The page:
Washington D.C. – A House subcommittee has deferred to President Biden’s plan to give federal employees a 2.7 percent pay increase in 2022, but Congress or the White House can still act on the average 3.2 percent increase that the National Treasury Employees Union has endorsed.
The House Appropriations Subcommittee on Financial Services and General Government today approved a funding bill for fiscal year 2022 that is silent on federal pay, letting the White House proposal stand, for now.
“Certainly the White House’s 2.7 percent proposal is a welcome start to the debate over what federal employees deserve next year, but there is plenty of time for the administration and Congress to reconsider and give frontline federal workers an average 3.2 percent,” National Treasury Employees Union President Tony Reardon said.
The administration’s proposal makes no mention of locality pay, which is when a portion of the pay raise is targeted to the parts of the country with higher living costs. According to the Federal Employee Pay Comparability Act, federal employees should receive a 2.2 percent pay increase in 2022 before locality pay is added.
Congress can pass the NTEU-endorsed FAIR Act (H.R. 392/S. 561), which includes a 2.2 percent across-the-board increase plus 1 percent for locality pay or the president can make that adjustment in his Alternative Pay Plan Memo due by Sept. 1.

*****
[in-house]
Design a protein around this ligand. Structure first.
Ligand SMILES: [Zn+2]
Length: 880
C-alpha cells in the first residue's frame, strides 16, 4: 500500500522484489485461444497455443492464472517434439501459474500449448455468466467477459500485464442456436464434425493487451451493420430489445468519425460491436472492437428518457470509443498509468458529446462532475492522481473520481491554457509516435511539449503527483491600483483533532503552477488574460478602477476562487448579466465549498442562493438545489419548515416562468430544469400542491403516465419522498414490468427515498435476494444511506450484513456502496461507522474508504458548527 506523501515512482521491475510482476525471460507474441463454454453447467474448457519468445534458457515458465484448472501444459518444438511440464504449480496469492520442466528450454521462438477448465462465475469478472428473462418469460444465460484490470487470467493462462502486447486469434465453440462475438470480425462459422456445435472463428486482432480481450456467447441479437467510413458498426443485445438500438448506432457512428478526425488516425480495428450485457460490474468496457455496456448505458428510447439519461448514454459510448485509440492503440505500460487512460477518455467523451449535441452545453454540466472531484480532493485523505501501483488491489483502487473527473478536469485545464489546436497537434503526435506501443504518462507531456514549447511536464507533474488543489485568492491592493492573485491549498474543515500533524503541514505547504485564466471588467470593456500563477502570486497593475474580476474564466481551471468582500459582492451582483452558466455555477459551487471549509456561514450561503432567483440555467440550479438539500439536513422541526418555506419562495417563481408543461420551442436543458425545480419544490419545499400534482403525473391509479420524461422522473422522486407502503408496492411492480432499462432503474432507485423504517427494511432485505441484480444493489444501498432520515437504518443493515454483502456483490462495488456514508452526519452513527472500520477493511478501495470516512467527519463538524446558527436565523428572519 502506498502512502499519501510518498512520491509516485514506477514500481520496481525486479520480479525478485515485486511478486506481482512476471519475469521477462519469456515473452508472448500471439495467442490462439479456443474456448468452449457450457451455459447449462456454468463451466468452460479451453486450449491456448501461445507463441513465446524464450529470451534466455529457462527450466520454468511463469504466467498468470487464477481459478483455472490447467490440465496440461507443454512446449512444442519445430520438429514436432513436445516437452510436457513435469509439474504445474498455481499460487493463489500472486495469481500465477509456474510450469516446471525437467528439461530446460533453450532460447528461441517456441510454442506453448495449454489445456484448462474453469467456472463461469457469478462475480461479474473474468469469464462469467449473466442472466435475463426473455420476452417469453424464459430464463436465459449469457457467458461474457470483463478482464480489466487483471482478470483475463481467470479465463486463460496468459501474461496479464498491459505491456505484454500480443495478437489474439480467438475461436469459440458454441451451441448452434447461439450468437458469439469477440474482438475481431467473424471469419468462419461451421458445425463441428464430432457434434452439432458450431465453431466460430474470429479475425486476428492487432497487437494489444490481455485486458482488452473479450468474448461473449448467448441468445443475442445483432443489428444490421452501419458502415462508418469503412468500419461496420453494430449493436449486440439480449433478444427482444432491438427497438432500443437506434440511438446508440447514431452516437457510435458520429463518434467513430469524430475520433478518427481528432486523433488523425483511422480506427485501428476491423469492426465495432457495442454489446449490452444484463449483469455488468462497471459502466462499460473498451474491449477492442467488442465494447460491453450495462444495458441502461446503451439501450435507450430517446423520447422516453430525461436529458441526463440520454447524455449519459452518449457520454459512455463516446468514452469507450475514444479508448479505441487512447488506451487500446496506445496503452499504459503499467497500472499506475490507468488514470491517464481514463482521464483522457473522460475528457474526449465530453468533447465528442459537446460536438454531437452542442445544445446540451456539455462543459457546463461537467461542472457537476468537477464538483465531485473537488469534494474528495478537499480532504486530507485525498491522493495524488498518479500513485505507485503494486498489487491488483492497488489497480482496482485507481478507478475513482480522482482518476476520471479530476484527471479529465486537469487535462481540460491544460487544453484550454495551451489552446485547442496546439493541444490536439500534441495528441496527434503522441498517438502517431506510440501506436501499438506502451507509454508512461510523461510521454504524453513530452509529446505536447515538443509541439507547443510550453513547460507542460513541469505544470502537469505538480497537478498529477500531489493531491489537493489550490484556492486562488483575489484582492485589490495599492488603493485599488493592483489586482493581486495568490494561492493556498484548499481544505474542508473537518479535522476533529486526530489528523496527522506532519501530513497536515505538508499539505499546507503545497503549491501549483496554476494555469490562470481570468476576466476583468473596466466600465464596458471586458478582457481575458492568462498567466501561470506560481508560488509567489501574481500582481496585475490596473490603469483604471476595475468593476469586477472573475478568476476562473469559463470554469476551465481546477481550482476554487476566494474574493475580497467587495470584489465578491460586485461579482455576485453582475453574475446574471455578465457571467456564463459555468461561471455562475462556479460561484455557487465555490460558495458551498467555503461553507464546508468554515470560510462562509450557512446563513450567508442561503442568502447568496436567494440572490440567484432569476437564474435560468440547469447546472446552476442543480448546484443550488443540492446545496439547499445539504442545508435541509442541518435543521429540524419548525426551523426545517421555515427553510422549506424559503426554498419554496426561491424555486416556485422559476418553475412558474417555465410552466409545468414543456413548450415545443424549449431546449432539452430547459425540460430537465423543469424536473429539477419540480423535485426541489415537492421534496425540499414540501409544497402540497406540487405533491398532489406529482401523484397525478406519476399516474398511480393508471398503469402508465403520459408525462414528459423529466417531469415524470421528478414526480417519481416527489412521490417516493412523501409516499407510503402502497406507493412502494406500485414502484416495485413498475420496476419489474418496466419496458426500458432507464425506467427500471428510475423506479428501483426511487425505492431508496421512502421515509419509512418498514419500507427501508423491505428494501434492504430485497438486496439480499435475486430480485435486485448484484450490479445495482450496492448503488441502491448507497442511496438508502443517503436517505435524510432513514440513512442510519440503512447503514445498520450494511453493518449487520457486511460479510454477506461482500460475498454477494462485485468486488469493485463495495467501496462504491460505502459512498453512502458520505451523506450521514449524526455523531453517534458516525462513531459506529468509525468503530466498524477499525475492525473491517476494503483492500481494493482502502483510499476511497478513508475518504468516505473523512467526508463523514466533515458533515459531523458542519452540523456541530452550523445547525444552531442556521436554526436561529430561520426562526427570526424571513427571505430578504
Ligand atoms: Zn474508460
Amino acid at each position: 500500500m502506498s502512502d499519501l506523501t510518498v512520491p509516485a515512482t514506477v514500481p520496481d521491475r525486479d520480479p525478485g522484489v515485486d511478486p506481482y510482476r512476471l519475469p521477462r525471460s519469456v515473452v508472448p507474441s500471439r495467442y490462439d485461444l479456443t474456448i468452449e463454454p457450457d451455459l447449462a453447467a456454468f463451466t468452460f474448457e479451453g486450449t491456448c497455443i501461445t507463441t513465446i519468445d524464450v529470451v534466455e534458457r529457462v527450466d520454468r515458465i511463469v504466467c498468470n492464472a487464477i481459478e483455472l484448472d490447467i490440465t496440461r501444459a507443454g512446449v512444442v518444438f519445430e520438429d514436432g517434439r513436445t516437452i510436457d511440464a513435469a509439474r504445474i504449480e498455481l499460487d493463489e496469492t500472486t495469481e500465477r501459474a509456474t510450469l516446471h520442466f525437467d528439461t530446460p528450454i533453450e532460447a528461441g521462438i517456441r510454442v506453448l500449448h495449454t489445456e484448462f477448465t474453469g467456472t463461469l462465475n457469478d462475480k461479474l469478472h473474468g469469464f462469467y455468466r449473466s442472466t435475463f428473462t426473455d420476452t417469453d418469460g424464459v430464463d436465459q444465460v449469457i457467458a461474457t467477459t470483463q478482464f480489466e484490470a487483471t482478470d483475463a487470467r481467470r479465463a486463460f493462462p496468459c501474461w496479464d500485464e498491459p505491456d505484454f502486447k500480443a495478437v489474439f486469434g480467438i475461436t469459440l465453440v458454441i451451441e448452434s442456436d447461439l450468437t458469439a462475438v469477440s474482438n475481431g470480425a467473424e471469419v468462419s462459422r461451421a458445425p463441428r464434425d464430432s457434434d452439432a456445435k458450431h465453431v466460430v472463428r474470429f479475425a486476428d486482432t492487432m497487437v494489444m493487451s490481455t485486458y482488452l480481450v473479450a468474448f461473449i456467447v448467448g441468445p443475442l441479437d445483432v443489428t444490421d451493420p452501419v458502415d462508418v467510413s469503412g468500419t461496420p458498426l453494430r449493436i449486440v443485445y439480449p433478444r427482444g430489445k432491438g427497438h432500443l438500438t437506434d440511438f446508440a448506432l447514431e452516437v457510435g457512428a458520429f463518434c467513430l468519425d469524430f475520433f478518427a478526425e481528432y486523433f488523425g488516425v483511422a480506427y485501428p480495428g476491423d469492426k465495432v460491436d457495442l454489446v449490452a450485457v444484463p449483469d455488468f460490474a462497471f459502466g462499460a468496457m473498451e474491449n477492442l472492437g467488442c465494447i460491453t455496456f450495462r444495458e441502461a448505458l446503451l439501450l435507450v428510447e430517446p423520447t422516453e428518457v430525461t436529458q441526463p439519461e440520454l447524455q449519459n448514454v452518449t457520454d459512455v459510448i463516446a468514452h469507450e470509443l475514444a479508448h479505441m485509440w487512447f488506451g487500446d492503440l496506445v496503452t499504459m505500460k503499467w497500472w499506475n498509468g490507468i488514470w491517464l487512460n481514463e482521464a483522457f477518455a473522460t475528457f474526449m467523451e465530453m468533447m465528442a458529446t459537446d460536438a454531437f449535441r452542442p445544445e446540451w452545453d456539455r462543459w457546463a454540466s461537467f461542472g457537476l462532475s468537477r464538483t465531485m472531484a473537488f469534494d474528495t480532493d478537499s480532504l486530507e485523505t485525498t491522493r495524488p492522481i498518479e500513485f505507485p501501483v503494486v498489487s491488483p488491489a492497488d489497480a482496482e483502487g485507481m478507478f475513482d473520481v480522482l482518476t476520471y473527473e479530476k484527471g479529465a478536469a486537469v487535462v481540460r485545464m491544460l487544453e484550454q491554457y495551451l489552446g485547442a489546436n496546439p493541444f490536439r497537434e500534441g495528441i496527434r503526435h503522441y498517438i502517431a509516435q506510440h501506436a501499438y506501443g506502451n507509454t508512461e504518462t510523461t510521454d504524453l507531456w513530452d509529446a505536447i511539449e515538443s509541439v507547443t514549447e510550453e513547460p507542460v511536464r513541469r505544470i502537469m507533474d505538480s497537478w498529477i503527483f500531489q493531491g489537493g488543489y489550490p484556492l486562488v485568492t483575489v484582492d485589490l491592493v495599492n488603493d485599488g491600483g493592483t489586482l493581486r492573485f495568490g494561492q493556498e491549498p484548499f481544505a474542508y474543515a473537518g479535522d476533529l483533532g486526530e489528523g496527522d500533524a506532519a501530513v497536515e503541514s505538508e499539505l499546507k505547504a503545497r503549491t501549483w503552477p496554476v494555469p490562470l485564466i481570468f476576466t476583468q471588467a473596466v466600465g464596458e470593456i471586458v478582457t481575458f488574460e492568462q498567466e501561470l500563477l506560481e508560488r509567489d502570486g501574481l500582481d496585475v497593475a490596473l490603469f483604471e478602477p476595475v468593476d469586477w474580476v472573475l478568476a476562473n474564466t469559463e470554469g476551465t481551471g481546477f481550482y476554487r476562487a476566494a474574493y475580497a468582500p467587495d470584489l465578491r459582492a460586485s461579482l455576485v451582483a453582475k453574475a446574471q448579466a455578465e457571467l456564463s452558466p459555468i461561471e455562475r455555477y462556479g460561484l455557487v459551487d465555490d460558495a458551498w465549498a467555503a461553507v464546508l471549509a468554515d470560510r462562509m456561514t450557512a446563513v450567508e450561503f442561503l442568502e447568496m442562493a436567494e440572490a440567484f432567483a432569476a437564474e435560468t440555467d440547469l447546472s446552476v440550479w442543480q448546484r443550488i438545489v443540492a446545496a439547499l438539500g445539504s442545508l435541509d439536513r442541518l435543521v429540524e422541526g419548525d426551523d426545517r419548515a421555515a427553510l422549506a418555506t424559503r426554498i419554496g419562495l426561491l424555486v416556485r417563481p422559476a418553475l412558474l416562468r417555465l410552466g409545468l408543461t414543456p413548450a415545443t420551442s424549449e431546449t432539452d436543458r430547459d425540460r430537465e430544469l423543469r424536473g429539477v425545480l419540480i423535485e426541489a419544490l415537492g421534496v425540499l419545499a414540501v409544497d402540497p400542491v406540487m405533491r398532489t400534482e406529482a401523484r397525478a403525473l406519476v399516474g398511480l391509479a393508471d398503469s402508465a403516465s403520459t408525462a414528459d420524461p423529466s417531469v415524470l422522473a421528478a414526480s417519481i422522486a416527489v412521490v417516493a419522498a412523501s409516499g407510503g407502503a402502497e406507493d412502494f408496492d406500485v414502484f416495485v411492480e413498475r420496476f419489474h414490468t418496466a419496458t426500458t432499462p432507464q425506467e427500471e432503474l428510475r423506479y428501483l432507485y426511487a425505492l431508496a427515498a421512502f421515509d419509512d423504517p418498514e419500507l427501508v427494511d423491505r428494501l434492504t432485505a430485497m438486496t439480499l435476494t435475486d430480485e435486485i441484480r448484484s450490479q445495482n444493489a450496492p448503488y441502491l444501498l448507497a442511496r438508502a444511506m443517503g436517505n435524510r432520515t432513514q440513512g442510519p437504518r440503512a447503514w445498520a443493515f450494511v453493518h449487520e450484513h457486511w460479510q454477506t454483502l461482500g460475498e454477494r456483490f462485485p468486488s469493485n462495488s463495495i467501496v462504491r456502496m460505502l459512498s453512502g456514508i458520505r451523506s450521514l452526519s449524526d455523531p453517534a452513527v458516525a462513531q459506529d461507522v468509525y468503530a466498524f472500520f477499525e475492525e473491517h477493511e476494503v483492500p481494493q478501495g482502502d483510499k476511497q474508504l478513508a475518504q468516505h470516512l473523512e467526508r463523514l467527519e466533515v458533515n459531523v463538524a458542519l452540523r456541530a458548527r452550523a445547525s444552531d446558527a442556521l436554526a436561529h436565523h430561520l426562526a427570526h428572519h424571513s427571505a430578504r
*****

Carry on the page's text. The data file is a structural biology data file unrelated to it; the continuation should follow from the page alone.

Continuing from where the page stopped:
“Federal employee pay has not kept pace with rising costs over the past few years and the gap between salaries in the private sector and federal government remains too large,” Reardon said. “A 3.2 percent average pay hike is an acknowledgment of their commitment to public service and a step in the right direction toward closing the pay gap that harms the government’s efforts in recruiting and retaining talented employees.”
The Federal Salary Council has reported that federal government workers make on average 23.11 percent less than their counterparts in the private sector.
NTEU represents employees in 34 federal agencies and offices.